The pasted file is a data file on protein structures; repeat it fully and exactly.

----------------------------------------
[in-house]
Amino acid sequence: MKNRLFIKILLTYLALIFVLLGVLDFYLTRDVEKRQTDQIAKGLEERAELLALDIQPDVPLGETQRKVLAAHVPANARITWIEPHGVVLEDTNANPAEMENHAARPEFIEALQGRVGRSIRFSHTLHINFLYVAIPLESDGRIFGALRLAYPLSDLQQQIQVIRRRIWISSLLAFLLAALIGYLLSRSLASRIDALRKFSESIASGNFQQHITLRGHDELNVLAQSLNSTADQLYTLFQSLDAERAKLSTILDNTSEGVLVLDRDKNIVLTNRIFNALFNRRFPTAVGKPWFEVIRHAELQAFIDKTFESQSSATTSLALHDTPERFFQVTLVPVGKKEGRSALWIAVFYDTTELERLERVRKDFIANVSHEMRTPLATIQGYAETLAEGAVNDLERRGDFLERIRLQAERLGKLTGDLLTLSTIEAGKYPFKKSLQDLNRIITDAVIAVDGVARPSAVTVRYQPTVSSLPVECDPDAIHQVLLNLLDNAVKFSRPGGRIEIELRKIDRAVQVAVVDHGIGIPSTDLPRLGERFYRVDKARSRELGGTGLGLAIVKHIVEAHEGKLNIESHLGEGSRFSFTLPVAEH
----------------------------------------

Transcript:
[in-house]
Amino acid sequence: MKNRLFIKILLTYLALIFVLLGVLDFYLTRDVEKRQTDQIAKGLEERAELLALDIQPDVPLGETQRKVLAAHVPANARITWIEPHGVVLEDTNANPAEMENHAARPEFIEALQGRVGRSIRFSHTLHINFLYVAIPLESDGRIFGALRLAYPLSDLQQQIQVIRRRIWISSLLAFLLAALIGYLLSRSLASRIDALRKFSESIASGNFQQHITLRGHDELNVLAQSLNSTADQLYTLFQSLDAERAKLSTILDNTSEGVLVLDRDKNIVLTNRIFNALFNRRFPTAVGKPWFEVIRHAELQAFIDKTFESQSSATTSLALHDTPERFFQVTLVPVGKKEGRSALWIAVFYDTTELERLERVRKDFIANVSHEMRTPLATIQGYAETLAEGAVNDLERRGDFLERIRLQAERLGKLTGDLLTLSTIEAGKYPFKKSLQDLNRIITDAVIAVDGVARPSAVTVRYQPTVSSLPVECDPDAIHQVLLNLLDNAVKFSRPGGRIEIELRKIDRAVQVAVVDHGIGIPSTDLPRLGERFYRVDKARSRELGGTGLGLAIVKHIVEAHEGKLNIESHLGEGSRFSFTLPVAEH